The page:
It not unusual for second stage to last 3-6 hours when the head is tipped. I’ve also attended first-time mothers with second stages 2 and 3 times longer than this. The baby can develop a caput. This doesn’t necessarily mean that the baby won’t fit. Often, the baby requires the mother to change position frequently (maternal positioning) to open the pelvis. Spinning Babies pays attention to the “soft tissue” anatomy (muscles, fascia, ligaments) in the midpelvis and muscles to the pelvis.
What should I do for Asynclitism?
- Do the Pelvic Floor Release (Sidelying Release)
- Follow with the lunge (the lunge will work better after the pelvic floor/sidelying release)
- Doing the Dangle should follow the Pelvic Floor Release and the lunge.
- Sometimes resting and not pushing at all through 2-5 contractions helps molding. Rest in a Rest Smart position.
- Vertical positions, such as standing and slightly bending the knees during a surge
- Stand with one foot on a stool
- Sit on the toilet with one foot on a stool and the other foot on the floor
- Pulling on a towel or rebozo during pushing contractions
- “Shake the apple tree” by shaking the mother’s buttocks in the same speed you would shake a branch to make a ripe apple fall
- Keep moving during a contraction (it’s ok to rest, but don’t “freeze” your body with tension)
Eating small amounts and drinking warm honey tea helps keep labor contractions strong enough to keep moving the baby. Lying down in one position is not likely to allow the baby to descend further downward. Very specific and persistent techniques are often necessary. As long as we are talking about what to do, please look into craniosacral therapy and pediatric chiropractic for baby after birth. They should know the special techniques for babies. This can be very helpful with the breastfeeding latch.
Sometimes the doctor will want to use a vacuum (ventouse) or forceps during a contraction to pull the head out. There are some risks, of course, but if the head is low enough, attempting to continue with a vaginal birth avoids the risks of major surgery to the woman herself. Sometimes, a birthing woman simply needs more time to let baby come down. An attendant with the unique skills of supporting the long labor naturally is becoming a rare bird. More than just postponing a cesarean, skills for natural labor includes knowing how to help a mother continue labor without physical or emotional trauma. Of course, one of those skills is knowing when enough is enough. A cesarean is meant to be a lifesaver, not a lifestyle.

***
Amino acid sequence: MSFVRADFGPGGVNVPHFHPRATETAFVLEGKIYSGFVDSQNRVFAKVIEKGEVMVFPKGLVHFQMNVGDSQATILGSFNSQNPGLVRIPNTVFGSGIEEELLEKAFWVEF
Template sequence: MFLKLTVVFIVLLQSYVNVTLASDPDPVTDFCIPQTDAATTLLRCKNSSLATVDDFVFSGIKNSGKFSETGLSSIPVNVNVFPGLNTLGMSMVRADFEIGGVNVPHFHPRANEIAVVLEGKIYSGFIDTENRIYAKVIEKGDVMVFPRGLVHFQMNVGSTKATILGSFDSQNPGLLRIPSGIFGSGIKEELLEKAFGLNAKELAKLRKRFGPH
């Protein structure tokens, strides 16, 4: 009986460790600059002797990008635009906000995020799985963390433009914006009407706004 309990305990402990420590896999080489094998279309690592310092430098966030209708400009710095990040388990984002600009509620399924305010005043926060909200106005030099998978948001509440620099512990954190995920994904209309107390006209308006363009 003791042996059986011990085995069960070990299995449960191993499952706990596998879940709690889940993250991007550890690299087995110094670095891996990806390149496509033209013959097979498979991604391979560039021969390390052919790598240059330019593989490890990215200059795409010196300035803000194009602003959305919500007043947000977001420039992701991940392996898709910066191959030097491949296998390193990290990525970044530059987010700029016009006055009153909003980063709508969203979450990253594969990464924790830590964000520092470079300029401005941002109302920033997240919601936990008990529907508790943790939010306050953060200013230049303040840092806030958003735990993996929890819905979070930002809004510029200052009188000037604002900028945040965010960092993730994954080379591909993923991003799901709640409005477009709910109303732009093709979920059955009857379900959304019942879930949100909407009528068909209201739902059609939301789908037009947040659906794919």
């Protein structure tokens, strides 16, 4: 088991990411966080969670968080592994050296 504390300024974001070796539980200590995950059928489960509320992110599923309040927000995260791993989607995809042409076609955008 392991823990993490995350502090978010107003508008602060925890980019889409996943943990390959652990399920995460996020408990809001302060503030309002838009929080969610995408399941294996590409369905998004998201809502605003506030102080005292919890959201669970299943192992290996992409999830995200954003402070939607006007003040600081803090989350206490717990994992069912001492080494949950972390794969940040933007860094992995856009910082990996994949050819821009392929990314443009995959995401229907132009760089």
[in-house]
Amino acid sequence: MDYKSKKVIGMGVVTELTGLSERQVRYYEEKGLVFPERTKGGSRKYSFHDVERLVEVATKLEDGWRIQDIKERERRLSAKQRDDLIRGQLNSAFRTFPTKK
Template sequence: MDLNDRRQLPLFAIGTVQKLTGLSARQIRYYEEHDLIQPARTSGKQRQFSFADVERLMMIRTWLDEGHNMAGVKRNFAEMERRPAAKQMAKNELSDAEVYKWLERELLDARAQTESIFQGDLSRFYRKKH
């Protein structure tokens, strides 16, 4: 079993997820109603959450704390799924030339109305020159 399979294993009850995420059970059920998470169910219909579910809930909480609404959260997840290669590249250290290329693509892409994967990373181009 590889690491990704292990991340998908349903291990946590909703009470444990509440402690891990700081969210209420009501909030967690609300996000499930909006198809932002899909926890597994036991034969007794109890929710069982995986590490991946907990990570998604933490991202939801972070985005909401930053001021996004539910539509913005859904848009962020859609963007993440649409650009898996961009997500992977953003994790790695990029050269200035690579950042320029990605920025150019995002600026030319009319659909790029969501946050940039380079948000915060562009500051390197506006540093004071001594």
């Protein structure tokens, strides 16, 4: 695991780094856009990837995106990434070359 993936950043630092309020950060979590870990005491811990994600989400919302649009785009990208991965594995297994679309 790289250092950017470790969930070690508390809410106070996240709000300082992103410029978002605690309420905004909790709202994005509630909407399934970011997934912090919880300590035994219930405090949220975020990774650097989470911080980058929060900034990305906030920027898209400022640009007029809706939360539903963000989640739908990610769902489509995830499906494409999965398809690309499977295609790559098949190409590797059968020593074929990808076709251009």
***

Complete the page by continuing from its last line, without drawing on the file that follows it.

Supporting the asynclitic labor
There is a dance the midwife does between forces of inertia and forces of birth. Knowing when to eat, when to rest and when to work the pelvis are vitally important when labor is long and the second stage even longer. A doula, or two, can mean the difference between a vaginal birth and surgery. Her talents in emotional support may find themselves calming the nurses and providers. The mother needs to want to continue the birth. After a particularly difficult birth, we want to know that she is joyous and not second-guessing herself. The birth team may need to get together to discuss the birth.
In labor, if the mother decides enough is enough, the support team must seriously consider their options for finishing the birth. With a birth team that works well together and a willing mother, many mothers will persevere to finish the birth themselves. They will feel proud and may be a bit confused as to why their labor was so difficult. What we don’t want is to have the mother feel like she was suffering. Listen to the mother and let her lead. Give encouragement while leaving an opening for her to lay down her hand. There is a story of an asynclitic posterior labor at the end of our page called Sidelying Release. The baby in this story had its chin extended, but was born at home in good health. Asynclitism might repeat in a future birth, but often it does not.